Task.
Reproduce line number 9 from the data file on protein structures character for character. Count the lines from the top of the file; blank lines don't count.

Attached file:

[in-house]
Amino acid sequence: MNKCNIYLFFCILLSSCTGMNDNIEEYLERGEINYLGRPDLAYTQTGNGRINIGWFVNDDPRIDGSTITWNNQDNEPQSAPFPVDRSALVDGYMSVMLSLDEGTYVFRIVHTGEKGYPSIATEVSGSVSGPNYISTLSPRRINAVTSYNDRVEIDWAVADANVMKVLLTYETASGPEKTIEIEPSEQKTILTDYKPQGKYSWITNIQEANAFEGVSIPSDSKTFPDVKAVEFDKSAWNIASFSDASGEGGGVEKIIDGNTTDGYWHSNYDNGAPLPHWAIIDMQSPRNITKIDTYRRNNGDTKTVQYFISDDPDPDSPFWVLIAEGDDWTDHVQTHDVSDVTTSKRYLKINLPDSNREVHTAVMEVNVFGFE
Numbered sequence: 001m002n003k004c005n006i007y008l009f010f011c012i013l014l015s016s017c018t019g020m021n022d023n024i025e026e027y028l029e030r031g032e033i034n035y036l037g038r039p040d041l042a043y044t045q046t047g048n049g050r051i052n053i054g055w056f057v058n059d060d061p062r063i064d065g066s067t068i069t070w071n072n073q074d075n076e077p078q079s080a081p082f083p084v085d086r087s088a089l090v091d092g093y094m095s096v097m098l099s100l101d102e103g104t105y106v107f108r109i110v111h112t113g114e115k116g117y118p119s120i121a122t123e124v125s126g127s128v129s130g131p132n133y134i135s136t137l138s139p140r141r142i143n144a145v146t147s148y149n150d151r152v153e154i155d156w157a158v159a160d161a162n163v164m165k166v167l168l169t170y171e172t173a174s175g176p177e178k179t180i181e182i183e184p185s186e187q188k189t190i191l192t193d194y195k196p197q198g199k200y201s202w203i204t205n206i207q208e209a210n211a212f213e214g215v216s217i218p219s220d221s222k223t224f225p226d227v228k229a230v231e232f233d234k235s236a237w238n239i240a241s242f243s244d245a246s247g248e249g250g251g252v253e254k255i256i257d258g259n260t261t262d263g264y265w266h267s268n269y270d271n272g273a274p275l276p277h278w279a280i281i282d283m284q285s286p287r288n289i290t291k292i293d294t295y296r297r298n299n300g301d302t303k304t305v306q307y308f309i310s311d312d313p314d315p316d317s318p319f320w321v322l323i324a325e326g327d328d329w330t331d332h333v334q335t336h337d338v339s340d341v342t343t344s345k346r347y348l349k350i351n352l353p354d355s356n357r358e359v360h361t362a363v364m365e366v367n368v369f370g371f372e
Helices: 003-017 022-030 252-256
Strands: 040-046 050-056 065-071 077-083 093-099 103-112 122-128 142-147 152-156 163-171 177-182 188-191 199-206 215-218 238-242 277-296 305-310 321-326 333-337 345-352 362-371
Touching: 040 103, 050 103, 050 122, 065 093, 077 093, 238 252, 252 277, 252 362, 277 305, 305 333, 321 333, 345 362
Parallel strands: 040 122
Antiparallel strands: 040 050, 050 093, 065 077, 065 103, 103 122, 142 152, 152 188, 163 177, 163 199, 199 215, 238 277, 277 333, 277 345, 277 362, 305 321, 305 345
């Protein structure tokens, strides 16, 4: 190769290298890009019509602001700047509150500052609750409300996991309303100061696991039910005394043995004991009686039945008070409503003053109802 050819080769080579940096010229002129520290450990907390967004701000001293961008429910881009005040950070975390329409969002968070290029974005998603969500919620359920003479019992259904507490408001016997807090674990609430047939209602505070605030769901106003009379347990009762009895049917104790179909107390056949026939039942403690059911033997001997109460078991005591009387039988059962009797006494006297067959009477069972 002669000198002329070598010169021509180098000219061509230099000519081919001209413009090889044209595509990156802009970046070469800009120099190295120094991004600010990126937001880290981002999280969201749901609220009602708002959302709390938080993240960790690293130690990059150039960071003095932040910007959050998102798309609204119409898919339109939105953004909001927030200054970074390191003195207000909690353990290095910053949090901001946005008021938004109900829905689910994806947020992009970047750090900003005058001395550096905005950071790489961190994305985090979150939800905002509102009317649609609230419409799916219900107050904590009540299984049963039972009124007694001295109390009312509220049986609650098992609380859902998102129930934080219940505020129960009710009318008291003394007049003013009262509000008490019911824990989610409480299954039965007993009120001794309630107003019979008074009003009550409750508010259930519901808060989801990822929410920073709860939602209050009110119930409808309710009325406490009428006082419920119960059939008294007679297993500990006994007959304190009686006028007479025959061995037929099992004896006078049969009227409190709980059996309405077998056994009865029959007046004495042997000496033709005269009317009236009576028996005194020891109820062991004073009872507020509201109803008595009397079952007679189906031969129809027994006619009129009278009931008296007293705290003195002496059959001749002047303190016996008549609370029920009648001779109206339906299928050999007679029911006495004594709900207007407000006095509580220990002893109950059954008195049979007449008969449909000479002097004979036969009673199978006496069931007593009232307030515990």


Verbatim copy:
């Protein structure tokens, strides 16, 4: 190769290298890009019509602001700047509150500052609750409300996991309303100061696991039910005394043995004991009686039945008070409503003053109802 050819080769080579940096010229002129520290450990907390967004701000001293961008429910881009005040950070975390329409969002968070290029974005998603969500919620359920003479019992259904507490408001016997807090674990609430047939209602505070605030769901106003009379347990009762009895049917104790179909107390056949026939039942403690059911033997001997109460078991005591009387039988059962009797006494006297067959009477069972 002669000198002329070598010169021509180098000219061509230099000519081919001209413009090889044209595509990156802009970046070469800009120099190295120094991004600010990126937001880290981002999280969201749901609220009602708002959302709390938080993240960790690293130690990059150039960071003095932040910007959050998102798309609204119409898919339109939105953004909001927030200054970074390191003195207000909690353990290095910053949090901001946005008021938004109900829905689910994806947020992009970047750090900003005058001395550096905005950071790489961190994305985090979150939800905002509102009317649609609230419409799916219900107050904590009540299984049963039972009124007694001295109390009312509220049986609650098992609380859902998102129930934080219940505020129960009710009318008291003394007049003013009262509000008490019911824990989610409480299954039965007993009120001794309630107003019979008074009003009550409750508010259930519901808060989801990822929410920073709860939602209050009110119930409808309710009325406490009428006082419920119960059939008294007679297993500990006994007959304190009686006028007479025959061995037929099992004896006078049969009227409190709980059996309405077998056994009865029959007046004495042997000496033709005269009317009236009576028996005194020891109820062991004073009872507020509201109803008595009397079952007679189906031969129809027994006619009129009278009931008296007293705290003195002496059959001749002047303190016996008549609370029920009648001779109206339906299928050999007679029911006495004594709900207007407000006095509580220990002893109950059954008195049979007449008969449909000479002097004979036969009673199978006496069931007593009232307030515990």